nachricht Zebrafish's near 360 degree UV-vision knocks stripes off Google Street View
22.06.2018 | University of Sussex

nachricht New cellular pathway helps explain how inflammation leads to artery disease
22.06.2018 | Cedars-Sinai Medical Center

All articles from Life Sciences >>>

The most recent press releases about innovation >>>

Die letzten 5 Focus-News des innovations-reports im Überblick:

Im Focus: Temperature-controlled fiber-optic light source with liquid core

In a recent publication in the renowned journal Optica, scientists of Leibniz-Institute of Photonic Technology (Leibniz IPHT) in Jena showed that they can accurately control the optical properties of liquid-core fiber lasers and therefore their spectral band width by temperature and pressure tuning.

Already last year, the researchers provided experimental proof of a new dynamic of hybrid solitons– temporally and spectrally stationary light waves resulting...

Im Focus: Overdosing on Calcium

Nano crystals impact stem cell fate during bone formation

Scientists from the University of Freiburg and the University of Basel identified a master regulator for bone regeneration. Prasad Shastri, Professor of...

Im Focus: AchemAsia 2019 will take place in Shanghai

Moving into its fourth decade, AchemAsia is setting out for new horizons: The International Expo and Innovation Forum for Sustainable Chemical Production will take place from 21-23 May 2019 in Shanghai, China. With an updated event profile, the eleventh edition focusses on topics that are especially relevant for the Chinese process industry, putting a strong emphasis on sustainability and innovation.

Founded in 1989 as a spin-off of ACHEMA to cater to the needs of China’s then developing industry, AchemAsia has since grown into a platform where the latest...

Im Focus: First real-time test of Li-Fi utilization for the industrial Internet of Things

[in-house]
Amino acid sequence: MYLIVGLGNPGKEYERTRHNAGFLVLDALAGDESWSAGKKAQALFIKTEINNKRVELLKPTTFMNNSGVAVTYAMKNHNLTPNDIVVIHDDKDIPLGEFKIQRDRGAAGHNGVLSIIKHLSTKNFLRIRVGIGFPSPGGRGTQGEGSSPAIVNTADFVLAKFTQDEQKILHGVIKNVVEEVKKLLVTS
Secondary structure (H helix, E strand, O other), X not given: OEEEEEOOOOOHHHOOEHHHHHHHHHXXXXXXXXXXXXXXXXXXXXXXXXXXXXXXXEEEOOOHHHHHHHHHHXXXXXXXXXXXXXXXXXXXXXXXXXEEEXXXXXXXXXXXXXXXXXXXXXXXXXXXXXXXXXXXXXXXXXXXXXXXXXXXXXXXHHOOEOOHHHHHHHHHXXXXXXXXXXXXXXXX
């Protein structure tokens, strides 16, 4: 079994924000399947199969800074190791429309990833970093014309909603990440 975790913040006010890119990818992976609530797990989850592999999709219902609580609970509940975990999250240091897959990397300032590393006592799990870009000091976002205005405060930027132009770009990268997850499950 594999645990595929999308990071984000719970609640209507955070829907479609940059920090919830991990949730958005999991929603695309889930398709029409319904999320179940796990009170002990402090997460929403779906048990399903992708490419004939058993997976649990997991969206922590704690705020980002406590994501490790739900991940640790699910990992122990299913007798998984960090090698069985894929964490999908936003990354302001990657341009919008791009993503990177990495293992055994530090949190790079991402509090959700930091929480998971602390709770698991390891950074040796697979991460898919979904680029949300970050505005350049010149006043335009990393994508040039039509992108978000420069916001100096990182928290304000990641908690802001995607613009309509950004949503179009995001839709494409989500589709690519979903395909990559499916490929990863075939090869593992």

The BMBF-funded OWICELLS project was successfully completed with a final presentation at the BMW plant in Munich. The presentation demonstrated a Li-Fi communication with a mobile robot, while the robot carried out usual production processes (welding, moving and testing parts) in a 5x5m² production cell. The robust, optical wireless transmission is based on spatial diversity; in other words, data is sent and received simultaneously by several LEDs and several photodiodes. The system can transmit data at more than 100 Mbit/s and five milliseconds latency.

Modern production technologies in the automobile industry must become more flexible in order to fulfil individual customer requirements.

Im Focus: Sharp images with flexible fibers

An international team of scientists has discovered a new way to transfer image information through multimodal fibers with almost no distortion - even if the fiber is bent. The results of the study, to which scientist from the Leibniz-Institute of Photonic Technology Jena (Leibniz IPHT) contributed, were published on 6thJune in the highly-cited journal Physical Review Letters.

Endoscopes allow doctors to see into a patient’s body like through a keyhole. Typically, the images are transmitted via a bundle of several hundreds of optical...

All Focus news of the innovation-report >>>

Anzeige

Anzeige

VideoLinks
Industry & Economy
Event News

Munich conference on asteroid detection, tracking and defense

13.06.2018 | Event News

2nd International Baltic Earth Conference in Denmark: “The Baltic Sea region in Transition”

08.06.2018 | Event News

ISEKI_Food 2018: Conference with Holistic View of Food Production

05.06.2018 | Event News

 
Latest News

Graphene assembled film shows higher thermal conductivity than graphite film

22.06.2018 | Materials Sciences

Fast rising bedrock below West Antarctica reveals an extremely fluid Earth mantle

22.06.2018 | Earth Sciences

Zebrafish's near 360 degree UV-vision knocks stripes off Google Street View

22.06.2018 | Life Sciences

VideoLinks
Science & Research
Overview of more VideoLinks >>>